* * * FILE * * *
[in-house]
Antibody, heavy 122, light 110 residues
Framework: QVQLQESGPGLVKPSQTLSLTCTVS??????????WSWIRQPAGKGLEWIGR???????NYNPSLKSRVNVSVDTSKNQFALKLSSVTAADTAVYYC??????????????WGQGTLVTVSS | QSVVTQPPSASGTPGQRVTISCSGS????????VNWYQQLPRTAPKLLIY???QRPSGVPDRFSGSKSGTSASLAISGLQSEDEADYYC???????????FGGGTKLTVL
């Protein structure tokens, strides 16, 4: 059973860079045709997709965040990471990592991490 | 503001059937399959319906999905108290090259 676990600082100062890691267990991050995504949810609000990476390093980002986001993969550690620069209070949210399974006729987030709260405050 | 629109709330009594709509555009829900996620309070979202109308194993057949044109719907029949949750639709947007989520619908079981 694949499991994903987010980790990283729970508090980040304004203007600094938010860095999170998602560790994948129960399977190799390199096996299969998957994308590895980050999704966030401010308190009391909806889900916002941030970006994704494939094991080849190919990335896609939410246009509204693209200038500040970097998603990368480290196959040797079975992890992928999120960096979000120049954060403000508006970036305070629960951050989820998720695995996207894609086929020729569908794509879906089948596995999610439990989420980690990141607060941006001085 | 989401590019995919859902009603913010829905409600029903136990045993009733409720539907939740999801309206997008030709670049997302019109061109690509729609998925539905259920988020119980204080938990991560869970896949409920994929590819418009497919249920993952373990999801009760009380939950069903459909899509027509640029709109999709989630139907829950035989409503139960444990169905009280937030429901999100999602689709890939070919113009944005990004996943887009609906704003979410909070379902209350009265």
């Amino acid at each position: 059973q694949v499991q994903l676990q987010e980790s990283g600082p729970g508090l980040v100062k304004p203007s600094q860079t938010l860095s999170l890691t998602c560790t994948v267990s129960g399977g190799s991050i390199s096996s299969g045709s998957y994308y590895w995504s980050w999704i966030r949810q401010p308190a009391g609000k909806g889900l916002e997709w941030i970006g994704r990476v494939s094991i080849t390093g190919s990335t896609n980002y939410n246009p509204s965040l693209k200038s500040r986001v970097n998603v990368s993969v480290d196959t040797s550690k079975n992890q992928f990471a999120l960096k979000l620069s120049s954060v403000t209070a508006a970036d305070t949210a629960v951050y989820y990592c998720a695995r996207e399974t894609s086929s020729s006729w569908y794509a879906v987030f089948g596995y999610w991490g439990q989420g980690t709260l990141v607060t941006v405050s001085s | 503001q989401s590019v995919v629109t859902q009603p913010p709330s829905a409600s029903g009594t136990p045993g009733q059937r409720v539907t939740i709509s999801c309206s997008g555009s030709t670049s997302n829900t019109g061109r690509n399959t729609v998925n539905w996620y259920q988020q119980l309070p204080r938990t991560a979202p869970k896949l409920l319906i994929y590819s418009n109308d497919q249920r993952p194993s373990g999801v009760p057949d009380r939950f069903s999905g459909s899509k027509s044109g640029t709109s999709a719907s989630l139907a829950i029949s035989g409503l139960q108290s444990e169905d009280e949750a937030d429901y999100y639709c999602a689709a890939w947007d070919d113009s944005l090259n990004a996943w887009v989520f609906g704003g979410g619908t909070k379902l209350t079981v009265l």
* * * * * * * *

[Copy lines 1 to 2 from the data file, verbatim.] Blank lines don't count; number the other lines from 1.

[in-house]
Antibody, heavy 122, light 110 residues